Former Henley mayor Barry Wood, who was also a member of the volunteer working groups that drew up the plan, warned that infrastructure improvements would be vital if developments were to have as little damaging effect as possible.

He said: “If the non-housing components of the plan are not realised then I believe you’ll get a very large backlash by the people of this town.

“Chief among these is the traffic and it now beholds Henley Town Council to get this transport strategy and to start implementing it as soon as possible.

“It’s all about roads. It’s about trying to stop congestion and the worsening of air quality. People on Greys Road have a right to fear, people on Reading Road have some right to fear.”

Kester George, chairman of Harpsden Parish Council, said he was “very pleased” that the plan was endorsed.

But he added: “This is by no means the end of the journey. We have had to agree to things that we don’t think are very well advised and which will call for essential follow-up.

“I’m thinking if houses are to be built on Highlands Farm then both Gillotts Lane and Sheephouse Lane will need major reinforcement and traffic calming constraints.

“At the moment Gillotts Lane is a country track without a proper basis for road traffic. It needs to be properly laid and kerbed and altogether improved if they want more traffic to use it. It’s in a disgraceful state.”

He said Greys Road was also a “concern” and that areas should not be forced to accept new homes before improvements to the road network.

Cllr George added: “It would have been awful if the plan had failed and we must make the best of a bad job.”

Town councillor Will Hamilton, who was also on the working groups, said: “The big thing now is to ensure the infrastructure is developed. We need to get on to the transportstrategy.”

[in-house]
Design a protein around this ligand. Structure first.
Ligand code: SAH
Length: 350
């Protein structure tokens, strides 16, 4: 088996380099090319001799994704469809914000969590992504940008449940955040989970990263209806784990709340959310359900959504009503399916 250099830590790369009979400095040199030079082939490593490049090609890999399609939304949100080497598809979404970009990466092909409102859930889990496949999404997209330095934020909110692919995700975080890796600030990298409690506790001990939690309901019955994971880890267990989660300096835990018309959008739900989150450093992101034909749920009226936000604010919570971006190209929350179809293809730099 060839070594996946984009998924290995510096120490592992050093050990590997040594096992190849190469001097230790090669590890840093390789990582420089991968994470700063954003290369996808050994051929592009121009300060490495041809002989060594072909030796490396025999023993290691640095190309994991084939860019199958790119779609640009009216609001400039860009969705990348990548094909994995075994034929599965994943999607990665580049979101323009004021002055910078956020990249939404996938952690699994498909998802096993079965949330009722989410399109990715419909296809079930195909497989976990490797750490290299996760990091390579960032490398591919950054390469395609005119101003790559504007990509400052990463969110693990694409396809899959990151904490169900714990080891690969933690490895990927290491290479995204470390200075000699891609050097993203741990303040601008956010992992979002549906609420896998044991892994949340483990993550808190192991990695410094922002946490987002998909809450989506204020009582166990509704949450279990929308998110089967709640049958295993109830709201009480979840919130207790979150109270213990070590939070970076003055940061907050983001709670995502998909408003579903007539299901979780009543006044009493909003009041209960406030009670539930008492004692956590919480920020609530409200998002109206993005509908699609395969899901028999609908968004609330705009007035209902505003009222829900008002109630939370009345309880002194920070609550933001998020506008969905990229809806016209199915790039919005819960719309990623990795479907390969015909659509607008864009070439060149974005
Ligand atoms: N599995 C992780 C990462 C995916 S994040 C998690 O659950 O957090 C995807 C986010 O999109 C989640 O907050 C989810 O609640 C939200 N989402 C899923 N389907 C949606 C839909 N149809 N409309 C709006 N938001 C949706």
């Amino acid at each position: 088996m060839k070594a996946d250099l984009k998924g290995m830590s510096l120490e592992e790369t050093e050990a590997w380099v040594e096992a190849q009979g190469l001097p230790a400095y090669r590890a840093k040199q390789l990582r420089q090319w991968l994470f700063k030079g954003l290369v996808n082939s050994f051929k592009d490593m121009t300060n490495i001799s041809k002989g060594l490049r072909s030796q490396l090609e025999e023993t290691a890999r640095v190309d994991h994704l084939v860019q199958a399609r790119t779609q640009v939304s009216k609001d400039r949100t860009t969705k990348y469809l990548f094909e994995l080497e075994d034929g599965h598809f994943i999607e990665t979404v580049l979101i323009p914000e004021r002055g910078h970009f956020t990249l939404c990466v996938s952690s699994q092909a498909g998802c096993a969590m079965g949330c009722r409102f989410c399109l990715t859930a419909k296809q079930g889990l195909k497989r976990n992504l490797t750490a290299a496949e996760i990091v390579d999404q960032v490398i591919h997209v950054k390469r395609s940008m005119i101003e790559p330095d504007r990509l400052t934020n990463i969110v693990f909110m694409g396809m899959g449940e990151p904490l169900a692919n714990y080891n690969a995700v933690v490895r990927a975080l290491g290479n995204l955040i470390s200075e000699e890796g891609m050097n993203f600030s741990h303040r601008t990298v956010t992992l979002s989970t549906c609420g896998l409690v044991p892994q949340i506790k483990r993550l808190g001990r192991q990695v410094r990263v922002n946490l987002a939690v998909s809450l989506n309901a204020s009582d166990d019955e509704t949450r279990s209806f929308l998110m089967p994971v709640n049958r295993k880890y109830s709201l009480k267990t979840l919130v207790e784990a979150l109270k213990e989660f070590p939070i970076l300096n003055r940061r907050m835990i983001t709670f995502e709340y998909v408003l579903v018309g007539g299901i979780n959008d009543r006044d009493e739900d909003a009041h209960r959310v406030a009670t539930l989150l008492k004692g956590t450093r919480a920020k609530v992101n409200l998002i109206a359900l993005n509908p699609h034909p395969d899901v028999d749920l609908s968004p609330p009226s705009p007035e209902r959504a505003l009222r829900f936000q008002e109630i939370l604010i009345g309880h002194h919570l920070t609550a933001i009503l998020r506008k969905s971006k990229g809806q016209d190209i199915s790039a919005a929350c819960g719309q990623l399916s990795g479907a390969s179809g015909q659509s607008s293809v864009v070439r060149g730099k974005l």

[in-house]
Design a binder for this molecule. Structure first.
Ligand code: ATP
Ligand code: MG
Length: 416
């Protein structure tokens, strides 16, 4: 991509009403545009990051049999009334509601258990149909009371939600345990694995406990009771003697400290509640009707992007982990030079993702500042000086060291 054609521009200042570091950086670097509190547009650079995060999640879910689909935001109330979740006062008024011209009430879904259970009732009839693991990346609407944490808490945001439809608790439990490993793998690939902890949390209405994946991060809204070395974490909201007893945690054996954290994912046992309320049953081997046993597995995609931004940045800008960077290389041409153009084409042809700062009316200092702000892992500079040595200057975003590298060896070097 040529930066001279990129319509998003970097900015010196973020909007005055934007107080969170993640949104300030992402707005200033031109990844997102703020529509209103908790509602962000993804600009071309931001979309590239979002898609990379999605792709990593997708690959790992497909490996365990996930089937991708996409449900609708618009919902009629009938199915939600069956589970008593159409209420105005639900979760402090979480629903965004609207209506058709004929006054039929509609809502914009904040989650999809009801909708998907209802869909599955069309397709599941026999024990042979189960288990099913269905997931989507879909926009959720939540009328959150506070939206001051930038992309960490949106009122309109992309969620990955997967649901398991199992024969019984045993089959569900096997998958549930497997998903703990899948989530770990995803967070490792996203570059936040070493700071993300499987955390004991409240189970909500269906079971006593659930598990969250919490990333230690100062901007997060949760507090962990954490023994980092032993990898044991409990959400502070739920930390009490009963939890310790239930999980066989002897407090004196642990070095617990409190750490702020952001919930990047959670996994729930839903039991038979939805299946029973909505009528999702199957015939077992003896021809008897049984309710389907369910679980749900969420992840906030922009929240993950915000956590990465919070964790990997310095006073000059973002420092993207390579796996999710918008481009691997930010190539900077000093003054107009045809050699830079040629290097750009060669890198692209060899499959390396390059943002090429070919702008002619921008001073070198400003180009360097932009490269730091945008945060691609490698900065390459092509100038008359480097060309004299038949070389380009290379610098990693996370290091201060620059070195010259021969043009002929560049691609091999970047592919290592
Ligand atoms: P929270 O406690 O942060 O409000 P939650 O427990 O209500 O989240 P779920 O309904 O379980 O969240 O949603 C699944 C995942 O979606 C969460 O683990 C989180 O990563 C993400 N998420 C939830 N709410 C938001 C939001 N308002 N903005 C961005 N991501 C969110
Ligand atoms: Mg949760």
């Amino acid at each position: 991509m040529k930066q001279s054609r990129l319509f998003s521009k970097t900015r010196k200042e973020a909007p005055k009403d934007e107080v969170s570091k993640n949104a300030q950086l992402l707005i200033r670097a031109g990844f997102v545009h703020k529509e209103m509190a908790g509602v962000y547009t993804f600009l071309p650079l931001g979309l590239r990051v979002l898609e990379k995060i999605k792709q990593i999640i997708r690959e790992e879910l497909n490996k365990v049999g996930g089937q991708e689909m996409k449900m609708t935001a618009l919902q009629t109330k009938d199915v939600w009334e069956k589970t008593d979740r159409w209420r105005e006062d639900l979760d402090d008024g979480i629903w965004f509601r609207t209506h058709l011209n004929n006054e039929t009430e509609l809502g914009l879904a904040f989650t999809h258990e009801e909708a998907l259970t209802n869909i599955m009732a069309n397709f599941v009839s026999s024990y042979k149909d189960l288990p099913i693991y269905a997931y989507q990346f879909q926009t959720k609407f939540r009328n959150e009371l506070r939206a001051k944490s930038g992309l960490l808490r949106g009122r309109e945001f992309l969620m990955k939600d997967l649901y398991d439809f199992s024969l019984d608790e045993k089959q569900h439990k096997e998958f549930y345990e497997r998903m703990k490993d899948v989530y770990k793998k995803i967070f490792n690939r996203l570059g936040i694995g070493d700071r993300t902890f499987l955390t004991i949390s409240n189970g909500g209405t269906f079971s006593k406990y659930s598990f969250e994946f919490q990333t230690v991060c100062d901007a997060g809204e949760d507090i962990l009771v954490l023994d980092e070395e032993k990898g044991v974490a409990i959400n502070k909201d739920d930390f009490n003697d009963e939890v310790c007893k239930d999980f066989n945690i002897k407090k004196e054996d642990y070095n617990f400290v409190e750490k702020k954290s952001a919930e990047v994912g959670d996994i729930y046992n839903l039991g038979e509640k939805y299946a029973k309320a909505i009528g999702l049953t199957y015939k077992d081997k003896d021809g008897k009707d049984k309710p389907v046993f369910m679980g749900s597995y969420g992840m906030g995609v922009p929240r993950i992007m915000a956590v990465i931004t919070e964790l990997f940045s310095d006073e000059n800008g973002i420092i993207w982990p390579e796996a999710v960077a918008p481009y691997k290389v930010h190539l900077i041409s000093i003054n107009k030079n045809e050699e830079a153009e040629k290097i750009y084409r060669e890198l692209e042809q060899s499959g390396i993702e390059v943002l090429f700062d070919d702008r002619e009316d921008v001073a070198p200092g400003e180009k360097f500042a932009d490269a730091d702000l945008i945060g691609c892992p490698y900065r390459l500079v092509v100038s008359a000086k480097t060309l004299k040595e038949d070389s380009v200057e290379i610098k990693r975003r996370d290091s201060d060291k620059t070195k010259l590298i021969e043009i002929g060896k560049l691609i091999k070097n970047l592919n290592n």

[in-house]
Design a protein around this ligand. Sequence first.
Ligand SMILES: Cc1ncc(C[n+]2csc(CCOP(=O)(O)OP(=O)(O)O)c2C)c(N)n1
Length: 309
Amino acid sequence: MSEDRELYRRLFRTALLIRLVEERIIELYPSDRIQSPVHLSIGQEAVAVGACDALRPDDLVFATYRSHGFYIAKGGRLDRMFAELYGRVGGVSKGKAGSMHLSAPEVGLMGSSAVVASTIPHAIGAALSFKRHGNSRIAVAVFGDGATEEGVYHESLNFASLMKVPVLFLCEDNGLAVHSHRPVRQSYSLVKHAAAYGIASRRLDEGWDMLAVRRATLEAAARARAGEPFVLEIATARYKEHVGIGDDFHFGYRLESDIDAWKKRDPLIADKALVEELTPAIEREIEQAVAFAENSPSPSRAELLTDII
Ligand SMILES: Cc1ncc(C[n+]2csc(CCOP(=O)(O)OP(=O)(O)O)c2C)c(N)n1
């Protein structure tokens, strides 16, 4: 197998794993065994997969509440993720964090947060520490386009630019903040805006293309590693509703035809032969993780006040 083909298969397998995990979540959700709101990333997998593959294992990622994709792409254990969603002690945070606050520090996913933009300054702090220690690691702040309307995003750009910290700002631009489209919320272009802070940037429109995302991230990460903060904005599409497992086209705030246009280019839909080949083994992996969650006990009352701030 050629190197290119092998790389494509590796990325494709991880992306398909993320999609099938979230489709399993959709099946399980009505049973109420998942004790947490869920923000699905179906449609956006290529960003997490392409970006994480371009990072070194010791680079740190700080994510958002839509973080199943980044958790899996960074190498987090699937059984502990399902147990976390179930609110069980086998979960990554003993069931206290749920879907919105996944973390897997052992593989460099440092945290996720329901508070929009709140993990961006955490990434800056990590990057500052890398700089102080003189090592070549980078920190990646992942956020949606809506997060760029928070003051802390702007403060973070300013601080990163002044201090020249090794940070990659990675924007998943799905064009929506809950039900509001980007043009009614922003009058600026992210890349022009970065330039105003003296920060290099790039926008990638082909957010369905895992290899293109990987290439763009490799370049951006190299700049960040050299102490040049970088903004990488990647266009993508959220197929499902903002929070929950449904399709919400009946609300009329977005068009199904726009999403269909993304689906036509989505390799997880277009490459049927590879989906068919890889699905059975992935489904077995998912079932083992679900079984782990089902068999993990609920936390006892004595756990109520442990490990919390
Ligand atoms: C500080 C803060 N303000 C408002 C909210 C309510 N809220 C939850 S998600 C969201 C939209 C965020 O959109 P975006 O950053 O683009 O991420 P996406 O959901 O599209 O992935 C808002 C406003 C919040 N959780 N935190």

The votes were counted at Henley town hall immediately after the polls closed at 10pm and the result was declared at 11.20pm by South Oxfordshire District Council’s deputy counting officer Steven Corrigan.

The announcement was greeted by a round of applause from the handful of members of the public and town councillors who had been watching.

They included developer Alan Pontin, the owner of Highlands Farm, a light industrial estate off Greys Road, which is earmarked for 170 homes in the plan and for which Crest Nicholson has already submitted an outline planning application.

Also included in the plan are the former Jet garage site in Reading Road, which is earmarked for about 55 homes and is now the subject of an application by McCarthy & Stone for 53 “extra care” retirement flats, the former youth centre in Deanfield Road, which was said to be able to take 23 homes but where a care home is now planned, and the site of removals and storage firm Wilkins in Deanfield Avenue, which was earmarked for 20 homes and where Oakford Homes wants to build 23 flats.

The document also identified the following sites for development: Henley Enterprise Park (about 42 homes); the site of the Chilterns End care home (27); the Makower textiles offices in Greys Road (13); a site south-west of Fair Mile (about 60), the former Royal Marine Reserve headquarters in Friday Street (10); the former Exclusively Ladies gym opposite Tesco (30) and a playing field at Gillotts School (50).